Poor turnip. Sort of a wallflower, this drab white vegetable is easily overlooked at the market. The taste is a bit bland. Even the name phonetically sounds unappealing.
My first attempt to warm up, rather than give up on turnips was making Indian Inspired Turnips with Kidney Beans dish. This is a very tasty and unusual recipe, but not one I made on a regular basis.
As time went by, I didn’t give much thought to the turnip until I tried these:
Lebanese Pickled Turnips
And my take on turnips changed forever.
My friend Lisa brought a batch of pickled turnips to a party. Of Syrian descent, Lisa recalls her grandma and her great-grandma making pickled turnips similar to these when she was a child.
I, still not having a clue what I was nibbling, kept taking a few more. I simply could not get enough of these “whatever-the-heck-they-are”. I guess my friend could tell that I was quite fond of the pickled turnips, and to my delight she brought me a full container the next day!
What once seemed a forgettable, not so interesting vegetable, has now transformed into a curiously addicting, stand-apart-from-the-crowd favorite of mine! The plain white color takes on a gorgeous magenta with the help of a few beets thrown in. The once bland flavor is replaced with a quite assertive tang, prominently of vinegar and garlic.
With turnips and its other root vegetable cousins now in season, this is the perfect time to pick up a few pounds and start preserving these little lovelies into something special!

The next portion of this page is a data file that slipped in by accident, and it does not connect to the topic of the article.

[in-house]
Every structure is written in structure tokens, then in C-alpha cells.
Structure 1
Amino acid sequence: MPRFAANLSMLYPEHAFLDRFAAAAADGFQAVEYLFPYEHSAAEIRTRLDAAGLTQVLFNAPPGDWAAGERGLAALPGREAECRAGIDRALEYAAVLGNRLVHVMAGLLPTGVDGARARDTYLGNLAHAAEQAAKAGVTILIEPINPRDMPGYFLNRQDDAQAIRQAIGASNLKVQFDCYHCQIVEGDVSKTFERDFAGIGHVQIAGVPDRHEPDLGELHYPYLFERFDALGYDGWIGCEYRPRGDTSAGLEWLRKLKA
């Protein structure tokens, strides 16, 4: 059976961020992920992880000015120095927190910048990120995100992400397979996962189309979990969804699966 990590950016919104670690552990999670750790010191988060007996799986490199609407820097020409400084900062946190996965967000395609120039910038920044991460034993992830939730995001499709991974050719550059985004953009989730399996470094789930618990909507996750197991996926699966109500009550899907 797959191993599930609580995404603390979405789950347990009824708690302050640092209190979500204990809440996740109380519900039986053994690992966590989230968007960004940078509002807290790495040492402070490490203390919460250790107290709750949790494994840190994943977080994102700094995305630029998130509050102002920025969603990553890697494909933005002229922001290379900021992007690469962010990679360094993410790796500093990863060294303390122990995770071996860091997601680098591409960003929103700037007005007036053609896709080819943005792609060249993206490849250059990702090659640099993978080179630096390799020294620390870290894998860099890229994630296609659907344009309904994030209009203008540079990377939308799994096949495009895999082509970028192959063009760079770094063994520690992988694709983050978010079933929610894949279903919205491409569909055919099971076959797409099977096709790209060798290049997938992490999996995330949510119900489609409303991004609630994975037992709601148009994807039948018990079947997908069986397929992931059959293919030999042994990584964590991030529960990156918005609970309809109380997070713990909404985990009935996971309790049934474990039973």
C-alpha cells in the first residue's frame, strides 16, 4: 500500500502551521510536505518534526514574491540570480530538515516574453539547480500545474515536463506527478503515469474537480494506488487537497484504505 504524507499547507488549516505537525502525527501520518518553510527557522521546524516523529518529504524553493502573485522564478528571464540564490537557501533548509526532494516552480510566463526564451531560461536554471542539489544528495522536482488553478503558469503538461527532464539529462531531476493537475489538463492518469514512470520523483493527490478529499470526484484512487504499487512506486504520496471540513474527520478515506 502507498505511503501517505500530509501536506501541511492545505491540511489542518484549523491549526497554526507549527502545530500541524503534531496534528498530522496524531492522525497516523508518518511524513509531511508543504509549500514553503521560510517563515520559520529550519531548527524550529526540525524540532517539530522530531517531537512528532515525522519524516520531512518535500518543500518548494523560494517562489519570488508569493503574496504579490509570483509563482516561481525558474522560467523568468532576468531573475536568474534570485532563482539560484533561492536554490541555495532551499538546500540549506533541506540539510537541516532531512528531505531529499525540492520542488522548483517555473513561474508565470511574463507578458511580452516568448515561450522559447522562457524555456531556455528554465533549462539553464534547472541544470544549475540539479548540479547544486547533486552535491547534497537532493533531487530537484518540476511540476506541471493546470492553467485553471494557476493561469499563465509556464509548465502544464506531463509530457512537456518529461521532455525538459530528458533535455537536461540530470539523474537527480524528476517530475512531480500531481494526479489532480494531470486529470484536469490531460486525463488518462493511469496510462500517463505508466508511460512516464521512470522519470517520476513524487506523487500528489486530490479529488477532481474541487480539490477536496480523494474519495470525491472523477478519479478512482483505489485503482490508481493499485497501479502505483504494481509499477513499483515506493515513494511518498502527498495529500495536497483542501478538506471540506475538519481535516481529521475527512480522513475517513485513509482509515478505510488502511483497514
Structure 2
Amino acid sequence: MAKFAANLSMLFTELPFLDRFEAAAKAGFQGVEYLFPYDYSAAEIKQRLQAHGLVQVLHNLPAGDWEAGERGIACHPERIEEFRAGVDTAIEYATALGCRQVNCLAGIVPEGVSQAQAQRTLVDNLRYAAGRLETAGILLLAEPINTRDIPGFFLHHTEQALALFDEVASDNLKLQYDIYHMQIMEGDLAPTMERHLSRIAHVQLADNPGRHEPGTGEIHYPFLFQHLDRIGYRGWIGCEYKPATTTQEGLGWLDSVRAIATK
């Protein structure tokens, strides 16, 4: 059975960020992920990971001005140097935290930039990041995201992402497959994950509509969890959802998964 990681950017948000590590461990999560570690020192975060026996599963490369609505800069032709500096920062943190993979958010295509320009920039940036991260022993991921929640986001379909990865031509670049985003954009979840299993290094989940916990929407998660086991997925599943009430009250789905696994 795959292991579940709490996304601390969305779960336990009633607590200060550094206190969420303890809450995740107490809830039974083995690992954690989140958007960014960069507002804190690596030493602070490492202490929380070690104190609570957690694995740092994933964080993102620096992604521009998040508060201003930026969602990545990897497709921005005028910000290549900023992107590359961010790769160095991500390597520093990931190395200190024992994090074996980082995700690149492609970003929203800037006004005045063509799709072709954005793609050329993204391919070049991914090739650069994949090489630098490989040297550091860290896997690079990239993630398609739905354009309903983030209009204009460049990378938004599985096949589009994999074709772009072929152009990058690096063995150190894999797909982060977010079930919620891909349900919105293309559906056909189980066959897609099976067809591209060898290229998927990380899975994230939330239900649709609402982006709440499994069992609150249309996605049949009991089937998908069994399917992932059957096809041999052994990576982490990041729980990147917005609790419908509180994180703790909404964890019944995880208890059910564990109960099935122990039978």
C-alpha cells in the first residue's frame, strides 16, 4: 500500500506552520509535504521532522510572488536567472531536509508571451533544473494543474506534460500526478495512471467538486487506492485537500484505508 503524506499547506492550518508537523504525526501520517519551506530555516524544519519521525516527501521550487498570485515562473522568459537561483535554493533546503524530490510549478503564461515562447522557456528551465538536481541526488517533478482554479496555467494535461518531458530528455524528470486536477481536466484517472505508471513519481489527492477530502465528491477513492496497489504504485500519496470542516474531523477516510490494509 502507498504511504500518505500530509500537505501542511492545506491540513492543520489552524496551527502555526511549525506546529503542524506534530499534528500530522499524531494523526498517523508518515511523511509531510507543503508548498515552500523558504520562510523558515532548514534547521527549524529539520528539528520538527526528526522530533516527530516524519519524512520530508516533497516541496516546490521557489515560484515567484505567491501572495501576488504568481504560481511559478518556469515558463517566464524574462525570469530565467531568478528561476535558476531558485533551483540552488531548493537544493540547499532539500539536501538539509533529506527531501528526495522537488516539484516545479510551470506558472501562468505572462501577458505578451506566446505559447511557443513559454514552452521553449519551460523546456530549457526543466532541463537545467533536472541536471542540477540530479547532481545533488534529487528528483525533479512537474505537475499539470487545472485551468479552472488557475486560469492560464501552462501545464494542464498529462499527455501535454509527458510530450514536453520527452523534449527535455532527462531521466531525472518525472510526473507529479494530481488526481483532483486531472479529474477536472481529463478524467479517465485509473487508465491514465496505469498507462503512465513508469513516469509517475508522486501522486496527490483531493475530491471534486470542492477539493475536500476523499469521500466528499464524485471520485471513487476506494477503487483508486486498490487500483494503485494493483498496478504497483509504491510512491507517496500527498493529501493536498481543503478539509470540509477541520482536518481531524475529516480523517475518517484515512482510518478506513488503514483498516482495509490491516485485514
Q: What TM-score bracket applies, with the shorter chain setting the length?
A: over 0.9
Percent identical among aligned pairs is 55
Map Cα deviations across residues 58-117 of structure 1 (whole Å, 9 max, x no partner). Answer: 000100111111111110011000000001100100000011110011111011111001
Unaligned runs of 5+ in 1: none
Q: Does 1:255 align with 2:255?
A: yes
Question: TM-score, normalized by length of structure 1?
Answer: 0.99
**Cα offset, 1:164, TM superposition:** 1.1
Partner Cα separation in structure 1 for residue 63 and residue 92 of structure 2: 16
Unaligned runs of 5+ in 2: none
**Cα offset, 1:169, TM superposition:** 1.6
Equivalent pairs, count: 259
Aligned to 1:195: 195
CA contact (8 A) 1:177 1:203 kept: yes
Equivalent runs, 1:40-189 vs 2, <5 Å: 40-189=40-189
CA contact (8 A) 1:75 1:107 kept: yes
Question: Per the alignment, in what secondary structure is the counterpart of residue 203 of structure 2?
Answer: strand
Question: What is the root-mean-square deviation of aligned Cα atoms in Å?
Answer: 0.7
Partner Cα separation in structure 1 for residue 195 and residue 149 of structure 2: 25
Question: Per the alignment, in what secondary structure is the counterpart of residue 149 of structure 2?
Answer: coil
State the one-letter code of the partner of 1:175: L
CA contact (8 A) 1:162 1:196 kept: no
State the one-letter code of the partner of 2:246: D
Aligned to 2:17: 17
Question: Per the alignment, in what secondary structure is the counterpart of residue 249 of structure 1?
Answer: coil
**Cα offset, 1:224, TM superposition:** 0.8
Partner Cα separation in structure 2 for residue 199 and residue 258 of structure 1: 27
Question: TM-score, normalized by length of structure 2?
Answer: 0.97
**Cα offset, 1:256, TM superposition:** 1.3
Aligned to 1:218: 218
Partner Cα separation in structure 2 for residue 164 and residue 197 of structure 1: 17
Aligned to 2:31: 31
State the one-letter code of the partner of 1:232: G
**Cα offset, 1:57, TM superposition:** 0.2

Oh, and before you go, if you happen to live in the Lou, be sure to check out St. Raymond's Lebanese Festival this weekend (September 20-21). Admission is free and will feature live music, authentic Lebanese foods and lots of events for the kids. For more info: http://straymondsmaronitecathedral.com/LebaneseFestival.php
Lebanese Pickled Turnips, Kabees Al Lift (recipe from St. Raymond's Maronite Catholic Church cookbook, "Lebanon and its Cuisine")
½ quart water
1 quart white vinegar
¼ cup sugar
¼ cup salt
3 pounds turnips, quartered
3 beets, peeled and sliced
2 cloves garlic
Bring water, vinegar, sugar and salt to a boil, then cool.
Place turnips, beets and garlic in a big sterilized jar. Pour the cooled vinegar mixture over turnips, seal jar.
Wait 5 days to enjoy!
Note: these pickled turnips will keep in the refrigerator for about a month or two (but I betcha that they’ll be gone way before then)